Carrie Goertz, M.S., D.V.M.
RESEARCH INTEREST:Marine animals as sentinels for ocean and human health, comparative beluga whale health in particular how it facilitates understanding the endangered Cook Inlet population, how information and expertise about free ranging wildlife and those housed in zoological collections help each other.
I was born in Washington DC but grew up in Chevy Chase, Maryland. At Lehigh University in Pennsylvania, I received an Air Force ROTC scholarship and obtained a degree in Electrical Engineering and thought that I was done with school. I was in the Air Force for seven years and obtained a master’s degree in Engineering Management from the University of Dayton, Ohio. After I left the Air Force, I decided to pursue a veterinary degree. What intrigued me about medicine was the same thing that intrigued me about engineering, namely understanding how things worked. While I picked up required prerequisites and a second bachelor degree in Biology at the University of Massachusetts at Boston, I also volunteered at a local zoo and worked part time for the Wildlife Clinic at Tufts Veterinary School. My first blood drawing experience was in the field, sampling colonial nesting birds. I traveled across the country to attend veterinary school at Washington State University but also pursued external aquatic animal experiences, attending AquaVet at Wood’s Hole and doing an externship at Point Defiance Zoo and Aquarium. After graduation, I moved back to the east coast and did a two year aquatic animal internship at Mystic Aquarium in Connecticut. At the University of New England in Biddeford, Maine I helped start a new stranding center for marine mammals and later at the University of Southern Maine I developed marine mammal cell cultures and investigated the effects of heavy metals on those cells. Wanting to return to spending more time working with whole animals and not just their cells, I crossed the country once again to accept a job at the Alaska SeaLife Center. As the Staff Veterinarian I assist with the preventative medicine program, research projects, and clinical care for birds, fish, and marine mammals including both captive and stranded animals.
Bowenkamp KE, Frasca S Jr, Draghi A, Tsongalis GJ, Koerting C, Hinckley L, De Guise S, Montali RJ, Goertz CE, St Aubin DJ, and Dunn JL. Mycobacterium marinum dermatitis and panniculitis with chronic pleuritis in a captive white whale (Delphinapterus leucas) with aortic rupture. Journal of Veterinary Diagnostic Investigation. 2001, 13(6): 524-30.
Goertz, CEC. Protozoal Diseases of Elasmobranchs. Elasmobranch Husbandry Manual Symposium. 2001. Pg 417-426.
Adams GP, Testa JW, Goertz CEC, Ream RR, and Sterling JT. Ultrasonographic characterization of reproductive anatomy and early embryonic detection in the northern fur seal (Callorhinus ursinus) in the field. Marine Mammal Science. 2007, 23 (2). Pg 445-452.
Holmes, AL, Wise SS, Goertz CEC, Dunn JL, Gulland FMD, Gelatt T, Beckmen KB, Burek K, Atkinson S, Bozza M, Taylor R, Zheng T, Zhang Y, Aboueissa AE-M, and Wise Sr JP. Metal tissue levels in Steller sea lion (Eumetopias jubatus) pups. Marine Pollution Bulletin. 2008, 56: 1416-1421.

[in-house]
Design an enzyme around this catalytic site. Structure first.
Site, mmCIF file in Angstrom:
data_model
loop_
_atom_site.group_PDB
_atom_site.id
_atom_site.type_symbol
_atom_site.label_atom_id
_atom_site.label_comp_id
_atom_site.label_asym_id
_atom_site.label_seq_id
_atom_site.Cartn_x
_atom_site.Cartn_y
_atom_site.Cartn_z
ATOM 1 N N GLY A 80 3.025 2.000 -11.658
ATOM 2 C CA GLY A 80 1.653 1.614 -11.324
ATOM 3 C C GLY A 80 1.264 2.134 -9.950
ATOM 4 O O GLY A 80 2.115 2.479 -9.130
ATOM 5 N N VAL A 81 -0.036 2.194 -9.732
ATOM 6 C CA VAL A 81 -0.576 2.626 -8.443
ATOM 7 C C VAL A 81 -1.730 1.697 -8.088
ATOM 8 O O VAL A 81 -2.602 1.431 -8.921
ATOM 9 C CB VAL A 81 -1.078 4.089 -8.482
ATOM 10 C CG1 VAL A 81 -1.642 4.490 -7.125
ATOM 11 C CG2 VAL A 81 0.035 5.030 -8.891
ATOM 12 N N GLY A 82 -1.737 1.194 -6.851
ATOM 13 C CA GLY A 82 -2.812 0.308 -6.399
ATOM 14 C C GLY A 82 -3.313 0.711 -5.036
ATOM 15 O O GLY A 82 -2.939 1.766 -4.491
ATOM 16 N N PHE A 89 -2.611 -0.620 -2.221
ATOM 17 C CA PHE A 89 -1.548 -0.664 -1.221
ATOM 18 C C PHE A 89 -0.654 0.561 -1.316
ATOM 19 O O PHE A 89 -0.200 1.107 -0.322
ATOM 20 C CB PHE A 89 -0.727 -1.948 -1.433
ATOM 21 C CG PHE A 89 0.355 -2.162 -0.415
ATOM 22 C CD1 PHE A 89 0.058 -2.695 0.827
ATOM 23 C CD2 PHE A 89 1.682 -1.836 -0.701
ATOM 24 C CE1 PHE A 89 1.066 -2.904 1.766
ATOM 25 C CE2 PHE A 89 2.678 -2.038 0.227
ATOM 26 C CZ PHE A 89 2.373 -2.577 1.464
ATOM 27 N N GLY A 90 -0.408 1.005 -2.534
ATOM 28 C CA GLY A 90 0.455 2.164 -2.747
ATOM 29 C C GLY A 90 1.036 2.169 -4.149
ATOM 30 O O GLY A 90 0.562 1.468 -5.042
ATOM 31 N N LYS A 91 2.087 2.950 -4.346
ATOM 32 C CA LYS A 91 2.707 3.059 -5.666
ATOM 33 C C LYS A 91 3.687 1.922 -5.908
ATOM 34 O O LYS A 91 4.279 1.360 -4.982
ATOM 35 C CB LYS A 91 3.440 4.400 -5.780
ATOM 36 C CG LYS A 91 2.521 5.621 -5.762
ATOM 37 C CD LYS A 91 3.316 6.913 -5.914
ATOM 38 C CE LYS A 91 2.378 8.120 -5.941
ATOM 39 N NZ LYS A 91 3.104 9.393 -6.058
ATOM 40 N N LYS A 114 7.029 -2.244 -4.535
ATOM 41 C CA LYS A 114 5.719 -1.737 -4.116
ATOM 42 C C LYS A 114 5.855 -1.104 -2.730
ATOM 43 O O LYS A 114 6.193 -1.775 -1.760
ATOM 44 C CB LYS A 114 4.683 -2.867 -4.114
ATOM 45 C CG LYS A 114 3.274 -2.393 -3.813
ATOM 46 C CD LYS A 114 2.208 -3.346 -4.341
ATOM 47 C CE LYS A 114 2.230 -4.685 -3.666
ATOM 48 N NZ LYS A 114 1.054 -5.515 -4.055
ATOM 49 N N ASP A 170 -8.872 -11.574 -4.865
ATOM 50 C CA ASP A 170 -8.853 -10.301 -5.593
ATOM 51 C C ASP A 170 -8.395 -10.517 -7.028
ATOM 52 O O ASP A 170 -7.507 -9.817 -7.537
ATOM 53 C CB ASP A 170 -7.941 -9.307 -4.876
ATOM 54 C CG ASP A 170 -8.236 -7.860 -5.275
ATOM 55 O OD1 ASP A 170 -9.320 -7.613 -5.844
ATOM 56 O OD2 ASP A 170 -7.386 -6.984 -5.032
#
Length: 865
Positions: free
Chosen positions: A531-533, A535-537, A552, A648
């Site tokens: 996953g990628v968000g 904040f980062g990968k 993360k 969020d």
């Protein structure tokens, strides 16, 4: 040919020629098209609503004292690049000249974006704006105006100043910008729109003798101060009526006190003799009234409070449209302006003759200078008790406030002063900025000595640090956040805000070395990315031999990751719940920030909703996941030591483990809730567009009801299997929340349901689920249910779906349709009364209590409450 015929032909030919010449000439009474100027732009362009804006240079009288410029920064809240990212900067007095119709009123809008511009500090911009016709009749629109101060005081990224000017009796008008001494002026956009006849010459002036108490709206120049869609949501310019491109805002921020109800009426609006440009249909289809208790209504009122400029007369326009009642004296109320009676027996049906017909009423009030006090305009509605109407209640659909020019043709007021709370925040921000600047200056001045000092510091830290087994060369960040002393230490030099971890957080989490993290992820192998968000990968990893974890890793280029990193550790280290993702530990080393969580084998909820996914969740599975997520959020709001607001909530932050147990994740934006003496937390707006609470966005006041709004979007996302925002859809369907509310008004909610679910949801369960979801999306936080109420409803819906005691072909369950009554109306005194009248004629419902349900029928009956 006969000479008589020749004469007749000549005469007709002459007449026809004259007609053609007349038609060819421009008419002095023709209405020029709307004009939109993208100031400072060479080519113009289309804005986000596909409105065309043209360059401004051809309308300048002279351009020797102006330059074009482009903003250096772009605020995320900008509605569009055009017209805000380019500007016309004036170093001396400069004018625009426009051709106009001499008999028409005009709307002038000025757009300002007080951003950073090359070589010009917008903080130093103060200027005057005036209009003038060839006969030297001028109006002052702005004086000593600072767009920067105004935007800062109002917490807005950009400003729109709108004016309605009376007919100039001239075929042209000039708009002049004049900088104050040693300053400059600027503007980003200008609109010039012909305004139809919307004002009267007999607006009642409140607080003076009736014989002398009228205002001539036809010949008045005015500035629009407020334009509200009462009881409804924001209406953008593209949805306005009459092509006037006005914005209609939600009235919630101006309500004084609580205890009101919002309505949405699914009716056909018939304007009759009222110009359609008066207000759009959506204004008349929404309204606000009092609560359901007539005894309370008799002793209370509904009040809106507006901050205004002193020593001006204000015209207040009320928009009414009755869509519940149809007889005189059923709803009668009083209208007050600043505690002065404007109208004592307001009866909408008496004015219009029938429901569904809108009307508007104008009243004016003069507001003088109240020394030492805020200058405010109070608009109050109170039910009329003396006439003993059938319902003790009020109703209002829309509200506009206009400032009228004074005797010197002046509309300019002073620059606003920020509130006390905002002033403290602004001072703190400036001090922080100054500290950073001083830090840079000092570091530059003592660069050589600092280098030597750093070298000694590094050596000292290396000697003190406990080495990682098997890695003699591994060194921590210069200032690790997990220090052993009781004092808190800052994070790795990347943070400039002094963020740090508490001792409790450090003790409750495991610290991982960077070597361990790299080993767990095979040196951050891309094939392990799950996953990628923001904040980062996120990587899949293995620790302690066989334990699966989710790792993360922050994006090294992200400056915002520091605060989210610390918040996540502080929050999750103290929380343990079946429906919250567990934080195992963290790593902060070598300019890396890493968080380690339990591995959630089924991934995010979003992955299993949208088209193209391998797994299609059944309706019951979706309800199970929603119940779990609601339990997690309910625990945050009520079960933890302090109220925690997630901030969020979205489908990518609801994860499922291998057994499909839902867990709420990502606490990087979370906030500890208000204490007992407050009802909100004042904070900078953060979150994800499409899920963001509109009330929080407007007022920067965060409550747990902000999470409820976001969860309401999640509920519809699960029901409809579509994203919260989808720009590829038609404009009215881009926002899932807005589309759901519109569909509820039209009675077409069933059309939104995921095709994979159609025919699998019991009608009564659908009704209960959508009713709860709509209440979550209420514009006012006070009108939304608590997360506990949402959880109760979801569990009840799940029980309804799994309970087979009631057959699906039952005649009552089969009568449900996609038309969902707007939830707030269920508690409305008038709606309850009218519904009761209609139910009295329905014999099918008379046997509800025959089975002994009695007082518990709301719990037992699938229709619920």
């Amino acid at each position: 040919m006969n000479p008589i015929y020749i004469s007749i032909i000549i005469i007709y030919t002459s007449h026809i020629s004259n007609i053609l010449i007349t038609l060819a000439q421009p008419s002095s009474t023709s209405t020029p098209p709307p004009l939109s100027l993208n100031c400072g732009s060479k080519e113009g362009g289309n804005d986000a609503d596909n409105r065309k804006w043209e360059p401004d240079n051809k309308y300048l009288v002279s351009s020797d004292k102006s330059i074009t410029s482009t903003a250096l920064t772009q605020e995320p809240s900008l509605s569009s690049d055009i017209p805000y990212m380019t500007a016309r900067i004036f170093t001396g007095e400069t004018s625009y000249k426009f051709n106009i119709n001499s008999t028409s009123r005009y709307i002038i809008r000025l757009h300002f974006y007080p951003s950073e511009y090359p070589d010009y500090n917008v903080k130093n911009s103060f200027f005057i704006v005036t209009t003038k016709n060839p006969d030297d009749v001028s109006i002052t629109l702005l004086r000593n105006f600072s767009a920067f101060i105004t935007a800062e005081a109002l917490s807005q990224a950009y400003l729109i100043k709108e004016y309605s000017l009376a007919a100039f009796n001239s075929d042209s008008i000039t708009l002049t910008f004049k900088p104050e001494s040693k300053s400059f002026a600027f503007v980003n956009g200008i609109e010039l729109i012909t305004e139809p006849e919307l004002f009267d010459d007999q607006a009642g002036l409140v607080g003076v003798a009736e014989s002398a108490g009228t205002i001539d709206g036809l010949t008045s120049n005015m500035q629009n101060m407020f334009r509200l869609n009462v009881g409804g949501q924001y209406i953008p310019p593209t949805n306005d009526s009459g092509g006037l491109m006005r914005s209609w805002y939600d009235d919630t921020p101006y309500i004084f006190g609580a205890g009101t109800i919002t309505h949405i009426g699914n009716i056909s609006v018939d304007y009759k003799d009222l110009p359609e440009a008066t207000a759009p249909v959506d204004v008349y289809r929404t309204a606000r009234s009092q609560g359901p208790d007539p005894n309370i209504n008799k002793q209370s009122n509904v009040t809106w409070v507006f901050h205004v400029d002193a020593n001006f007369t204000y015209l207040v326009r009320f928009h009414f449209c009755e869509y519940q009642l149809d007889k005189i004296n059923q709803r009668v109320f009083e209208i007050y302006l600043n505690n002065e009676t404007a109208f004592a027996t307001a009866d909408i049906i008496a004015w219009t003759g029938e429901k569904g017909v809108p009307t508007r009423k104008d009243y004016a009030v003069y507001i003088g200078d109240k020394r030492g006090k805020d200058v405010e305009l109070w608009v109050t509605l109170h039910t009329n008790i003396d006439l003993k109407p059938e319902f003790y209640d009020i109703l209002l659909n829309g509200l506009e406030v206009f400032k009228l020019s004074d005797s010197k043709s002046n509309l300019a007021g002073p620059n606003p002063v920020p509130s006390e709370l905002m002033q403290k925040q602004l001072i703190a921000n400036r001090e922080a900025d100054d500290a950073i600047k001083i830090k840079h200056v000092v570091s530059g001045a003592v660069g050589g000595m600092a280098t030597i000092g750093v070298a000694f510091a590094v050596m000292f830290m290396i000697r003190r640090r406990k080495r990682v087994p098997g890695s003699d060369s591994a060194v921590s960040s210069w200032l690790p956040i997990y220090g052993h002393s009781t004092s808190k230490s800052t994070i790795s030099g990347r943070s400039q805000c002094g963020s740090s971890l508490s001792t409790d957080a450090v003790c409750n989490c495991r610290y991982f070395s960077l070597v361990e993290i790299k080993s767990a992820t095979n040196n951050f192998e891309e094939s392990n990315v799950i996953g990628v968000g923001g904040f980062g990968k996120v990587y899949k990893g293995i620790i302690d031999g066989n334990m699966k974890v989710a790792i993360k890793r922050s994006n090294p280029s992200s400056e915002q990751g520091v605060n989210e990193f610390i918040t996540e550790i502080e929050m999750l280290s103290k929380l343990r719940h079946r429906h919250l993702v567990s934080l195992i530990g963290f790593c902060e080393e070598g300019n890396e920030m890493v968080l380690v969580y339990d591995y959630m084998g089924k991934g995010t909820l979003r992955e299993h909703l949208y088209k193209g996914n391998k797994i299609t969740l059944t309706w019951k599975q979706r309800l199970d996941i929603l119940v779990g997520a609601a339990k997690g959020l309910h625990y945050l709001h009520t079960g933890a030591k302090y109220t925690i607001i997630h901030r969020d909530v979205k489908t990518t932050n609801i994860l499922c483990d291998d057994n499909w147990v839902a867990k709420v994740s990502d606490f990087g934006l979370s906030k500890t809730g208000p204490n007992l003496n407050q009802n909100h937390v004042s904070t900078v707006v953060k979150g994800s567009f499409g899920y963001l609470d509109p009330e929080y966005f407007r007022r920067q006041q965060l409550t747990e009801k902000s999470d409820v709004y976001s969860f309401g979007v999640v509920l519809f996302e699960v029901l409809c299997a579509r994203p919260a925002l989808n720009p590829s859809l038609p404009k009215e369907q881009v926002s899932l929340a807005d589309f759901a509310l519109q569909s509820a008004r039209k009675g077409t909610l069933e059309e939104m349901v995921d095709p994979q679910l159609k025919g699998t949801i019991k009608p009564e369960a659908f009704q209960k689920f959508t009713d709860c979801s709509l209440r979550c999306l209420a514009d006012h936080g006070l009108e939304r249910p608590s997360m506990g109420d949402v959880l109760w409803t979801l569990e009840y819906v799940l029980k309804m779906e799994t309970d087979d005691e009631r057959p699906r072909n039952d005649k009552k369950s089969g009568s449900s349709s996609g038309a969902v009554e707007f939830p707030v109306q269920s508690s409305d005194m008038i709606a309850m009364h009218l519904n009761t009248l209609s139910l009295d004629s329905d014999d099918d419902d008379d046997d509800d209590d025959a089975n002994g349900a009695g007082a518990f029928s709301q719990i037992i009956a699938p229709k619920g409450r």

Kucklick J, Pugh R, Becker P, Keller J, Day R, Yordy J, Moors A, Christopher S, Bryan C, Schwacke L, Goertz C, Wells R, Balmer B, Hohn A, Rowles. Specimen Banking for Marine Animal Health Assessment. Interdisciplinary Studies on Environmental Chemistry — Environmental Specimen Bank, Eds., T. Isobe, K. Nomiyama, A. Subramanian and S. Tanabe. 2010, 4: 15–23.
Goertz CEC and Mulcahy DM. Attempted surgical correction of single- and multiyear post-ovulatory egg stasis in yellow and red Irish lords, Hemilepidotus jordani (Bean) and Hemilepidotus hemilepidotus (Tilesius). Journal of Fish Diseases. 2011, 34, 75–79.
St. Leger JA, Righton AL, Nilson EM, Fascetti AJ, Miller MA, Tuomi PA, Goertz CEC, and Puschner B. Vitamin A Deficiency and Hepatic Retinol Levels in Sea Otters, Enhydra lutris, Journal of Zoo and Wildlife Medicine. 2011 42(1):98-104.
Goertz CEC, Frasca S, Bohach GA, Cowan DF, Buck JD, French RA, DeGuise S, Maratea J, Hinkley L, Ewalt D, Schlievert, Karst SM, Deobald CF, Aubin DJ, Dunn JL. Brucella sp. vertebral osteomyelitis with intercurrent fatal Staphylococcus aureus toxigenic enteritis in a bottlenose dolphin (Tursiops truncatus). Journal of Veterinary Diagnostic Investigation. 2011, 23 845-851.
Norman S, Goertz CEC, Burek-Huntington K, Quakenbush L, Cornick LA, Romano T, Spoon T, Miller WA, Beckett LA, and Hobbs R. Hematology and serum chemistry of wild beluga whales (Delphinapterus leucas) in Bristol Bay, Alaska, Journal of Wildlife Diseases. 2012, 48(1): 21-32.
Goertz, C What’s Up Doc? Why do some rehabilitated marine mammals get deemed non-releasable and placed in zoological facilities, and why is this important? Soundings. 2012, 37(4):8-9.
Counihan-Edgar K, Gill V, Doroff A, Burek K, Miller W, Shewmaker P, Jang S, Goertz C, Tuomi P, Miller M, Jessup D, and Byrne B. Genotypic Characterization of Streptococcus infantarius subspecies coli Isolates from Sea Otters with Infective Endocarditis and/or Septicemia and from Environmental Mussel Samples. J. Clin. Microbiol. 2012, 50(12):4131-4133.